Autumn crunch farro salad with Asian pear, celery, and toasted hazelnuts

A dish to match the shift to crispy weather. 

Autumn crunch farro salad with Asian pear, celery, and toasted hazelnuts
Arugula flowers for garnish that I happened to have from my raised bed arugula - not at all mandatory, but always fun to include some edible flowers! 

Arugula flowers for garnish that I happened to have from my raised bed arugula - not at all mandatory, but always fun to include some edible flowers! 

By way of a recommendation from a food-minded friend, I was lucky enough to visit the restaurant Ned Ludd on a recent trip to Portland. Defining itself as "an American craft kitchen", Ned Ludd has all of the charm and menu items you'd expect in a Pacific Northwest restaurant with a photo of an axe in the woods on their homepage. Various pickled things, roasted brassicas, and charcuterie definitely make an appearance, as does other "good food that tells a story". Apart from delectable dishes including their delicious grilled flat bread served with olive oil (salivating just thinking about the doughy goodness), another menu item that I recall is one that we actually didn't order - a whole grain salad with a bunch of different chopped ingredients reminiscent of autumn. I specifically made a mental note to take the inspired ingredient combination of farro, arugula, asian pear, celery, toasted hazelnuts, and chevré, and try it at home. While I'm not sure if this is exactly like what they served, as again, we didn't order it, the salad was unique and delicious so I consider it an inspired-recipe win!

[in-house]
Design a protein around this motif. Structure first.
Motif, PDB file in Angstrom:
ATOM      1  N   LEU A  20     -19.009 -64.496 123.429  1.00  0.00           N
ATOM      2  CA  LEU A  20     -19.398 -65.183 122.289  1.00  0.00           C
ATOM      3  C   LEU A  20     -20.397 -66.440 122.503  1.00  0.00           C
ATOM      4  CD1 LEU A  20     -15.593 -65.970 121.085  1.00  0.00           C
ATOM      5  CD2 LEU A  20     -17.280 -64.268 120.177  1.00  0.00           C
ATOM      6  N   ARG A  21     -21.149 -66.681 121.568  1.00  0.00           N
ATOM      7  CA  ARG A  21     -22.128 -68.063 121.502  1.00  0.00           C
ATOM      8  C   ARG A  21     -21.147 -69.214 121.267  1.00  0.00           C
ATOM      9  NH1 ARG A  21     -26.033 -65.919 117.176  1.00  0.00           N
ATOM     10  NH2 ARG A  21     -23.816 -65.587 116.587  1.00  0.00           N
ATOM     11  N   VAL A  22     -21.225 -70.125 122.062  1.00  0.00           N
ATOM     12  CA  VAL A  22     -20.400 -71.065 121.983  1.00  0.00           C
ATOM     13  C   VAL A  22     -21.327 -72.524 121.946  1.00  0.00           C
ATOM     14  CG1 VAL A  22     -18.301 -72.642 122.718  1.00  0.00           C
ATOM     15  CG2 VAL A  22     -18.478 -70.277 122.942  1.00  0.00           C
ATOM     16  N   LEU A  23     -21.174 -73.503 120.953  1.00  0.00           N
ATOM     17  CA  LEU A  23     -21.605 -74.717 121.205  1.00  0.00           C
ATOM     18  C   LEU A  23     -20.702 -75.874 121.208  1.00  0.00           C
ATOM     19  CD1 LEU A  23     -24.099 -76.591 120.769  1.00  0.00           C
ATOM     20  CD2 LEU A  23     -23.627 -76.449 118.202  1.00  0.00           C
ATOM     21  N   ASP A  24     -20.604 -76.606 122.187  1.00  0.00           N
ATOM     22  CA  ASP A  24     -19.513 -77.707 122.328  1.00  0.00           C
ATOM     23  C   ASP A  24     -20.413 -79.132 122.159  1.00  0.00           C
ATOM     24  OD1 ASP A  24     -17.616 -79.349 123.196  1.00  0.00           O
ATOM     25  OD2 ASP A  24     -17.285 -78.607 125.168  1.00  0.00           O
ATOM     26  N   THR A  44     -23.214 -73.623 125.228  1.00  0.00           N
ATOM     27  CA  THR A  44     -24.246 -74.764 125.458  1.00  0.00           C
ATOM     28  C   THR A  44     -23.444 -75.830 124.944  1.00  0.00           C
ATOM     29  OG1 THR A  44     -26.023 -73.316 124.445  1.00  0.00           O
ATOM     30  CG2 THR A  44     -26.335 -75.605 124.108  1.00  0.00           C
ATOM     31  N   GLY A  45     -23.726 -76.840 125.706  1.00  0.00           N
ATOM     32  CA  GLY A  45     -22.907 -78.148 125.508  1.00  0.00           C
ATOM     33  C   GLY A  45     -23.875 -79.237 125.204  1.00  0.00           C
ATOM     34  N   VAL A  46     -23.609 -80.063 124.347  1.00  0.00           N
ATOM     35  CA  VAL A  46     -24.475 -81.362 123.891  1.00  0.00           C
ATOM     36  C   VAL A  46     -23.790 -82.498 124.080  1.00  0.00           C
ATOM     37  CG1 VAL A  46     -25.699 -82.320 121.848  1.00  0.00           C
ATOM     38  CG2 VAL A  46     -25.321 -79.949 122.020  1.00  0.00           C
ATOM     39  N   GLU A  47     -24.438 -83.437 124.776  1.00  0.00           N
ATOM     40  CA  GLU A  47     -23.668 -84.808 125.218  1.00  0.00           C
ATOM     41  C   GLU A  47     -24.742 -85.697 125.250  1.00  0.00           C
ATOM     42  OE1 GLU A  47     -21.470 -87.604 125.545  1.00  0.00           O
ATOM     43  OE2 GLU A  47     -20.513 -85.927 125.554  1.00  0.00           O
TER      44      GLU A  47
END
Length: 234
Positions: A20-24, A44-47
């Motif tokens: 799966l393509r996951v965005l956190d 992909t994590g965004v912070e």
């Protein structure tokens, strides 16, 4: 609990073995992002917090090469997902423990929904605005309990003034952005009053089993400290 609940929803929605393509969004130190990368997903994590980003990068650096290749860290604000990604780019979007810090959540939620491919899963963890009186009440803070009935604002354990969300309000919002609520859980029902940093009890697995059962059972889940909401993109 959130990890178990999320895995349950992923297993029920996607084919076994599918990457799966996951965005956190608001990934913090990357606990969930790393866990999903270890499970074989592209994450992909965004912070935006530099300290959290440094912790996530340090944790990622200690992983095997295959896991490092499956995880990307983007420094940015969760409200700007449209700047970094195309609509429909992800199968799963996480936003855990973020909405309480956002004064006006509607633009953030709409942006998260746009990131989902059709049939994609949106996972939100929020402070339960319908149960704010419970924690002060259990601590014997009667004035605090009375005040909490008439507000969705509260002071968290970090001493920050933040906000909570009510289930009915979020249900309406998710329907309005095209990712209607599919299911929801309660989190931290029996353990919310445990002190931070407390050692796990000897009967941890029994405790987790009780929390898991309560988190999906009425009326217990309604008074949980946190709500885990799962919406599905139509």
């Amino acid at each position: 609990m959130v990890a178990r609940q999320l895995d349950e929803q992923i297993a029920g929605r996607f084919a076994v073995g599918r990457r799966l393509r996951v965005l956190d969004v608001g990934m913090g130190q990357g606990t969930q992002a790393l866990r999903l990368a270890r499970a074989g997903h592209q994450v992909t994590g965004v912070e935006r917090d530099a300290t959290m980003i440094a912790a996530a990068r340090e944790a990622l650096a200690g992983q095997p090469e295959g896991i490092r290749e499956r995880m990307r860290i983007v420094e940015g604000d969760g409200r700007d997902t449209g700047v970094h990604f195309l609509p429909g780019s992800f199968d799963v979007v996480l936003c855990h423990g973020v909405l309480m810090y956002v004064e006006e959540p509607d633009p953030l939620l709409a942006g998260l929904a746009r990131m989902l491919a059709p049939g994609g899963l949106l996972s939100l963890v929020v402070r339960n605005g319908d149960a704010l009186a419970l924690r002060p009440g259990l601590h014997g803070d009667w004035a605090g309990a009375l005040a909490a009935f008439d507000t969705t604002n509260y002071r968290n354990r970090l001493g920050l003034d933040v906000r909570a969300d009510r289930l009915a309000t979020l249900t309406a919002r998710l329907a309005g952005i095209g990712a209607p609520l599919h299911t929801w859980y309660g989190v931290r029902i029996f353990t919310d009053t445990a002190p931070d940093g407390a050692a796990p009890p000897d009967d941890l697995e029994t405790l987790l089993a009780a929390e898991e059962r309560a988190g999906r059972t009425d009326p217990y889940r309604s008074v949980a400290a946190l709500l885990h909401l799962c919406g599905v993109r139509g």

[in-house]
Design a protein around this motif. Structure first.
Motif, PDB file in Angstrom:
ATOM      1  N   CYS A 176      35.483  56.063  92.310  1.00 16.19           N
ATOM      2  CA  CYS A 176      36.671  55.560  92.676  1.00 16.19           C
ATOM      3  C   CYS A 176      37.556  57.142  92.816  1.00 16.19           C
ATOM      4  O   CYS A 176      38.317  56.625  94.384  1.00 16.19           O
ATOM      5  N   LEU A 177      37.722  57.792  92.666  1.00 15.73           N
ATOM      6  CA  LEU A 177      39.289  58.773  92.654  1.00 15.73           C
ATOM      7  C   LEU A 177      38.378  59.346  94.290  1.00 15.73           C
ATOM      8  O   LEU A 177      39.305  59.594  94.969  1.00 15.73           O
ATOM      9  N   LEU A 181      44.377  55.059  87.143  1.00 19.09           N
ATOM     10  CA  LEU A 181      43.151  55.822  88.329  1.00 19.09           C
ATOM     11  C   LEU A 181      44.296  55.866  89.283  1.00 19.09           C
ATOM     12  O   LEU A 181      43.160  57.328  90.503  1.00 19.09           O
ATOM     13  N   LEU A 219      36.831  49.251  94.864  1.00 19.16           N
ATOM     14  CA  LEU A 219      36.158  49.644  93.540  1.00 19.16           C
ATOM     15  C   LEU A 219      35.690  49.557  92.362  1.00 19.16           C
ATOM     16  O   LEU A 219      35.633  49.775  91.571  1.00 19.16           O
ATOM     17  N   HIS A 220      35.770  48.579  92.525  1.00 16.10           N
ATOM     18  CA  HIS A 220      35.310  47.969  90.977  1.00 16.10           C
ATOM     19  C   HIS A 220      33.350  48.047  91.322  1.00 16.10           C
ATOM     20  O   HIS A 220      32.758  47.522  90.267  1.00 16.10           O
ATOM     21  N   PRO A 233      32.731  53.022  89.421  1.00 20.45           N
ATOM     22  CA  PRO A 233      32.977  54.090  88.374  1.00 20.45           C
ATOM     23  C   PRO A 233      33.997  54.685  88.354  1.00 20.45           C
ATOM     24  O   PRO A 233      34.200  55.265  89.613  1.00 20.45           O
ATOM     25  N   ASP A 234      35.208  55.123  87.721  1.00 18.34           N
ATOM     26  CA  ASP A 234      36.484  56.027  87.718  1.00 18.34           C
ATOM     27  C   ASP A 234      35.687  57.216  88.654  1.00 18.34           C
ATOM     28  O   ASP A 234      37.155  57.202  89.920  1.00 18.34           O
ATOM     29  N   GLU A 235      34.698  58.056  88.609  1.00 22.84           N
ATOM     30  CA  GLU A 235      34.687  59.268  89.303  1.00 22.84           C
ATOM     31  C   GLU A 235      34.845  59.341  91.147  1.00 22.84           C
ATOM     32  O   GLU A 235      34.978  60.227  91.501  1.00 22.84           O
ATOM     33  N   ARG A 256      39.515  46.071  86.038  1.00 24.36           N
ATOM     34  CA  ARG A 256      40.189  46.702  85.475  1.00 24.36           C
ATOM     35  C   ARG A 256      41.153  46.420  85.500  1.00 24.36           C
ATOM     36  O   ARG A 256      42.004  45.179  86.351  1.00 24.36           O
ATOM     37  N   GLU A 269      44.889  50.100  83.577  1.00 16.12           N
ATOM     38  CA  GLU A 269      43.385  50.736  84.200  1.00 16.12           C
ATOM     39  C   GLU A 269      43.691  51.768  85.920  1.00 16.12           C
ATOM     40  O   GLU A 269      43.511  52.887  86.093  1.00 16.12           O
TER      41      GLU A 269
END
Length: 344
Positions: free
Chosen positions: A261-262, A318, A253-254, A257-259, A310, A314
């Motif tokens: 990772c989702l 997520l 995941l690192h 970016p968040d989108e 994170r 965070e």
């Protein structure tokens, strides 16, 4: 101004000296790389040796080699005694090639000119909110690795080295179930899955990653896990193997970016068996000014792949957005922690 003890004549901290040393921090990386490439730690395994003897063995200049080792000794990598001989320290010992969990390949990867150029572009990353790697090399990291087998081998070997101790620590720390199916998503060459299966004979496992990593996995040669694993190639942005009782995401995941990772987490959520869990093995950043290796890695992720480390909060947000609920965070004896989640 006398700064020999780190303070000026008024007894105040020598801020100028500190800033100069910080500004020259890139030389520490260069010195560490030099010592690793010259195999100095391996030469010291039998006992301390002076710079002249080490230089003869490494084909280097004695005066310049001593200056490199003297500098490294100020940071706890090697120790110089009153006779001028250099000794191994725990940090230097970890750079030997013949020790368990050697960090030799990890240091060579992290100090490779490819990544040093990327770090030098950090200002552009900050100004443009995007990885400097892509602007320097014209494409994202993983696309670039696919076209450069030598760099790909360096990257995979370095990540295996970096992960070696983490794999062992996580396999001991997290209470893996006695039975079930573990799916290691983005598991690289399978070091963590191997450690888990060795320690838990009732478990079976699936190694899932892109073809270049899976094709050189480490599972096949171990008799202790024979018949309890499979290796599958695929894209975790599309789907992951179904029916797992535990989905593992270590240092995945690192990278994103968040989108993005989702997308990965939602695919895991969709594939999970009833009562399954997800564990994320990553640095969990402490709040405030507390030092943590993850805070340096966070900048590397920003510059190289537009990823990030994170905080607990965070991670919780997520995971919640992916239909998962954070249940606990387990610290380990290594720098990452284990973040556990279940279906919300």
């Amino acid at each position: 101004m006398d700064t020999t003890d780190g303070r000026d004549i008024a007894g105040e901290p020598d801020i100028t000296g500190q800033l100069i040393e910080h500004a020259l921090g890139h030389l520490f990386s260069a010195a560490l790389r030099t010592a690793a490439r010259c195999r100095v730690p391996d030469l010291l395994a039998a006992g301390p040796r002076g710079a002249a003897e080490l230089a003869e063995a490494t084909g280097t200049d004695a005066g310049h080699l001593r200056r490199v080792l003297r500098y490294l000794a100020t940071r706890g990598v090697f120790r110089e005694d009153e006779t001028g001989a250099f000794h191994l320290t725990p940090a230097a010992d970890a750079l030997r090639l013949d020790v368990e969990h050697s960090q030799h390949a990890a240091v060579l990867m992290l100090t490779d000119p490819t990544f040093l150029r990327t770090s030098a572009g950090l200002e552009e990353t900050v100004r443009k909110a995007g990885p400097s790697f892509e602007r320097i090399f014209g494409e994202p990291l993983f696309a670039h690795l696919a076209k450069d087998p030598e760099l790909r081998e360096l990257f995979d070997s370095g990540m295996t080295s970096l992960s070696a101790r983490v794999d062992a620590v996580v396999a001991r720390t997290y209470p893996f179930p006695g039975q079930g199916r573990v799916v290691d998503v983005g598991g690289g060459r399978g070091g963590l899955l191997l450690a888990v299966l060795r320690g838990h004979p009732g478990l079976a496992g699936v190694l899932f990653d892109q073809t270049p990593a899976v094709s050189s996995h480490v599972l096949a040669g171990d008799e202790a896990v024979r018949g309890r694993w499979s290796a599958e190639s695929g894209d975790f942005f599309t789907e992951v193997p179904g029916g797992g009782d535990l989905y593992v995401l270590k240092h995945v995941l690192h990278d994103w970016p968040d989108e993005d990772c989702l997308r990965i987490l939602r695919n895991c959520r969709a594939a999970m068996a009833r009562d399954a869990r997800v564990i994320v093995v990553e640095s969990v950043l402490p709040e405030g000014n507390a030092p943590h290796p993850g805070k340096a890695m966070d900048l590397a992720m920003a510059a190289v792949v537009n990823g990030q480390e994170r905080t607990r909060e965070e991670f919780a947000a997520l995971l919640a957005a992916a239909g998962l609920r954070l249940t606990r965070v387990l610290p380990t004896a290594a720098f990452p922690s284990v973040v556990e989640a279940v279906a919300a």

The fall is fading fast, but it's not too late to make use of the harvest with this salad. Also, farro is technically considered an "ancient grain" (a grain that is loosely defined as not having changed much over the last several hundred years), which is fun from a culinary sustainability standpoint and a stellar grain to have in your toolbelt. Below is an approximation (feel free to add more or less of whatever you have on hand!) and serves 4.

  • 1 cup cooked farro*
  • 2 large celery stalks, thinly sliced
  • 1 asian pear, cored and thinly sliced
  • 2 cups arugula
  • About 1/4 teaspoon Kosher or sea salt
  • Juice of 1 lemon
  • 2 tablespoons olive oil
  • 1-2 ounces fresh goat cheese (chevré), crumbled
  • 1/4 cup toasted hazelnuts**
  • Arugula or other edible flowers for garnish (completely optional, I just happened to have arugula and flowers growing in my raised bed)
  1. Toss farro with celery, pear, and arugula. Salt to taste.
  2. Put lemon juice, olive oil, and a few pinches of salt in a small mason jar. Shake until combined then toss into farro mixture followed by goat cheese and hazelnuts, reserving a few to add to top.
  3. Garnish with edible flowers (optional) and serve immediately. 

*There are many ways to cook farro, but I usually just use 1 part farro to 2 parts liquid (water in this case), bring to a boil, reduce to a simmer, cover, and cook for about 30-40 minutes until farro is "al dente" (because I like it kind of firm), but soft enough to chew. In this instance, about 1/3 cup farro + 1 cup water will yield about 1 cup cooked farro. Some recipes call for cooking farro like pasta, but I feel that is an unnecessary waste of water.

**To toast hazelnuts, heat in a cast iron pan on medium-high until browned, tossing frequently, about 2 minutes and sprinkle with salt. A small amount of oil can be added to the pan and tossed with the nuts if you'd prefer a richer toasted nut. 

Wholesome, flavorful, crunchy.

Wholesome, flavorful, crunchy.